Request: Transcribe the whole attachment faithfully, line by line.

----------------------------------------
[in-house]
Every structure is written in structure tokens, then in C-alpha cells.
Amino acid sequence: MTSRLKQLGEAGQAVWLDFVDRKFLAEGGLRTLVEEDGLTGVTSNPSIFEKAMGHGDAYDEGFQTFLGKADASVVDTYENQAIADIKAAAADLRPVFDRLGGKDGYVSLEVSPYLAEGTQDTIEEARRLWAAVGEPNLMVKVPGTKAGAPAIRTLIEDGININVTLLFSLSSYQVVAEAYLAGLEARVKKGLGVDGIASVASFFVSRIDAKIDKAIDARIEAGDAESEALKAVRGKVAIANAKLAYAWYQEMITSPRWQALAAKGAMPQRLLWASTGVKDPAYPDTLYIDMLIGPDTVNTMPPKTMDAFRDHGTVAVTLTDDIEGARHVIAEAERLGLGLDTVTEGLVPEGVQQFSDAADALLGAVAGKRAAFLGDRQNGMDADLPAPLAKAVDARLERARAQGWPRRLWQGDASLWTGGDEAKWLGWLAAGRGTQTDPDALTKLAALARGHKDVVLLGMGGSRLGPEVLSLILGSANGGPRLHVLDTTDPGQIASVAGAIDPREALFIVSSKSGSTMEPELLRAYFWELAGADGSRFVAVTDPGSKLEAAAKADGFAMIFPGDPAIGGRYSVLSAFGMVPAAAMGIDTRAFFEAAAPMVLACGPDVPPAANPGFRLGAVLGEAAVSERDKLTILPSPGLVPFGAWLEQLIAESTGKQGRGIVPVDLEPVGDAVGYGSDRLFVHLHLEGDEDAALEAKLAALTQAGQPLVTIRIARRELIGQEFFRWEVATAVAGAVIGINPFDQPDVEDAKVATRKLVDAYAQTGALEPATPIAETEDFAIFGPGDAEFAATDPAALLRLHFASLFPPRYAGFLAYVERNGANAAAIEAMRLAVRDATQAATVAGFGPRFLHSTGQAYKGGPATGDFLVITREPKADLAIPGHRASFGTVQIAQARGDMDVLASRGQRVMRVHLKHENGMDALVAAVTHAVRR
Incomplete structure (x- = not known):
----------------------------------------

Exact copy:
[in-house]
Every structure is written in structure tokens, then in C-alpha cells.
Amino acid sequence: MTSRLKQLGEAGQAVWLDFVDRKFLAEGGLRTLVEEDGLTGVTSNPSIFEKAMGHGDAYDEGFQTFLGKADASVVDTYENQAIADIKAAAADLRPVFDRLGGKDGYVSLEVSPYLAEGTQDTIEEARRLWAAVGEPNLMVKVPGTKAGAPAIRTLIEDGININVTLLFSLSSYQVVAEAYLAGLEARVKKGLGVDGIASVASFFVSRIDAKIDKAIDARIEAGDAESEALKAVRGKVAIANAKLAYAWYQEMITSPRWQALAAKGAMPQRLLWASTGVKDPAYPDTLYIDMLIGPDTVNTMPPKTMDAFRDHGTVAVTLTDDIEGARHVIAEAERLGLGLDTVTEGLVPEGVQQFSDAADALLGAVAGKRAAFLGDRQNGMDADLPAPLAKAVDARLERARAQGWPRRLWQGDASLWTGGDEAKWLGWLAAGRGTQTDPDALTKLAALARGHKDVVLLGMGGSRLGPEVLSLILGSANGGPRLHVLDTTDPGQIASVAGAIDPREALFIVSSKSGSTMEPELLRAYFWELAGADGSRFVAVTDPGSKLEAAAKADGFAMIFPGDPAIGGRYSVLSAFGMVPAAAMGIDTRAFFEAAAPMVLACGPDVPPAANPGFRLGAVLGEAAVSERDKLTILPSPGLVPFGAWLEQLIAESTGKQGRGIVPVDLEPVGDAVGYGSDRLFVHLHLEGDEDAALEAKLAALTQAGQPLVTIRIARRELIGQEFFRWEVATAVAGAVIGINPFDQPDVEDAKVATRKLVDAYAQTGALEPATPIAETEDFAIFGPGDAEFAATDPAALLRLHFASLFPPRYAGFLAYVERNGANAAAIEAMRLAVRDATQAATVAGFGPRFLHSTGQAYKGGPATGDFLVITREPKADLAIPGHRASFGTVQIAQARGDMDVLASRGQRVMRVHLKHENGMDALVAAVTHAVRR
Incomplete structure (x- = not known):